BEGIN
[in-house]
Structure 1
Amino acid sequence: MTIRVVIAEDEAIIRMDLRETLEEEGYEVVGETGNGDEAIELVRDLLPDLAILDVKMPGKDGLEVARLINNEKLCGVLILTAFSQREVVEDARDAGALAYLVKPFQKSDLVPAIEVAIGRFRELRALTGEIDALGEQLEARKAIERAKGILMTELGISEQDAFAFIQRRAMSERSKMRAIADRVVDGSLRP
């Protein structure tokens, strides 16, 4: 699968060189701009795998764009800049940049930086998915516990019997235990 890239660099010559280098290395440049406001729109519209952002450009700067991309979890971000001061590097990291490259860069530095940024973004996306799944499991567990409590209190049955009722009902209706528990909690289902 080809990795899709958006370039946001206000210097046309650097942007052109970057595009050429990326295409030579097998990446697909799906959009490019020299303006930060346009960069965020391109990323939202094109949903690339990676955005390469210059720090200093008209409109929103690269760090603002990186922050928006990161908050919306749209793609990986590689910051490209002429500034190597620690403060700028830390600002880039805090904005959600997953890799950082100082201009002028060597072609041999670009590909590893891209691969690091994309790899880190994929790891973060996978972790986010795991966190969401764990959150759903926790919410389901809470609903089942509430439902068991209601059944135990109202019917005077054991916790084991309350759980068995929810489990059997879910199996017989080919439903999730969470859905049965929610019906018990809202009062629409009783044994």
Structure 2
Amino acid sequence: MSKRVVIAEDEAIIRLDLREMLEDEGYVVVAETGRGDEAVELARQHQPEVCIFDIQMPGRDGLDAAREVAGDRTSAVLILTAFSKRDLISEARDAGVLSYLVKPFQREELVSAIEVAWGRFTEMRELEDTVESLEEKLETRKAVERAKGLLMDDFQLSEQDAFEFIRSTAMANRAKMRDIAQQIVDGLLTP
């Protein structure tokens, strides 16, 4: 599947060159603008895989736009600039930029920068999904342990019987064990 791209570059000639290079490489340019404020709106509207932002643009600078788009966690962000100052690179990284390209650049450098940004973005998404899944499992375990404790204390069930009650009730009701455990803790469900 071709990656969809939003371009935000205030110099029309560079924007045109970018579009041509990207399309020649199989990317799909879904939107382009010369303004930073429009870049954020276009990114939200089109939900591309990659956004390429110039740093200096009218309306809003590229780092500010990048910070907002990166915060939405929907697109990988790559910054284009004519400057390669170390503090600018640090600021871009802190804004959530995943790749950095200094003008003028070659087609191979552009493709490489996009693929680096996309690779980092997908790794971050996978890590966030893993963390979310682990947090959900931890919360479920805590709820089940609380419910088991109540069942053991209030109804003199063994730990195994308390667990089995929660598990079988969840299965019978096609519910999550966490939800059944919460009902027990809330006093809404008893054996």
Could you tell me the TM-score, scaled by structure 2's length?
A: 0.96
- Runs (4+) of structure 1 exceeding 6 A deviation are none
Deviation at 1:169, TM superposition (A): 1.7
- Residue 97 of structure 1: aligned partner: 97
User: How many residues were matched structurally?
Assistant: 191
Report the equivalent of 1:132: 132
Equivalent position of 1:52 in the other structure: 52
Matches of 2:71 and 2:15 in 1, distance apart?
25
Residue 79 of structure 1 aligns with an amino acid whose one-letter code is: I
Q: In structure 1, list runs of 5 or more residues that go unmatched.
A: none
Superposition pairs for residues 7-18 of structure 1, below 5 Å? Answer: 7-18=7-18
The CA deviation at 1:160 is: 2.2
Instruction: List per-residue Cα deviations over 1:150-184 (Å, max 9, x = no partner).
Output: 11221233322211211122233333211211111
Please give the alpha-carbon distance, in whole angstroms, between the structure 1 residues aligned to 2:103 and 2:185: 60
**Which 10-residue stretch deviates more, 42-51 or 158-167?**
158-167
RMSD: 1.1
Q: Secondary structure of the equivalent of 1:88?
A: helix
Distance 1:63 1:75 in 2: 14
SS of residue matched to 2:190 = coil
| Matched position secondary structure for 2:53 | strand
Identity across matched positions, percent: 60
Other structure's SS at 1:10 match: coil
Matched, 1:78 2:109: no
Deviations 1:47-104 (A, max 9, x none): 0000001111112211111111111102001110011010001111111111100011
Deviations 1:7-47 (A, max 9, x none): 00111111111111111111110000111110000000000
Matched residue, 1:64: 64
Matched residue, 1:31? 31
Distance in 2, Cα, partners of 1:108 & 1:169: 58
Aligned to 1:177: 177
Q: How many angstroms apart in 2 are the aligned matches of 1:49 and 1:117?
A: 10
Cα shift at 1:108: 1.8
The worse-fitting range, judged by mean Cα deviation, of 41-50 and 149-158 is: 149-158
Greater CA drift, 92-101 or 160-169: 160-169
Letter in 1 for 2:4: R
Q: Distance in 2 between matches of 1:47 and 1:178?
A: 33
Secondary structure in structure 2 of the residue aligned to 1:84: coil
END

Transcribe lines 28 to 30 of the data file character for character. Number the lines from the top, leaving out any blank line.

158-167
RMSD: 1.1
Q: Secondary structure of the equivalent of 1:88?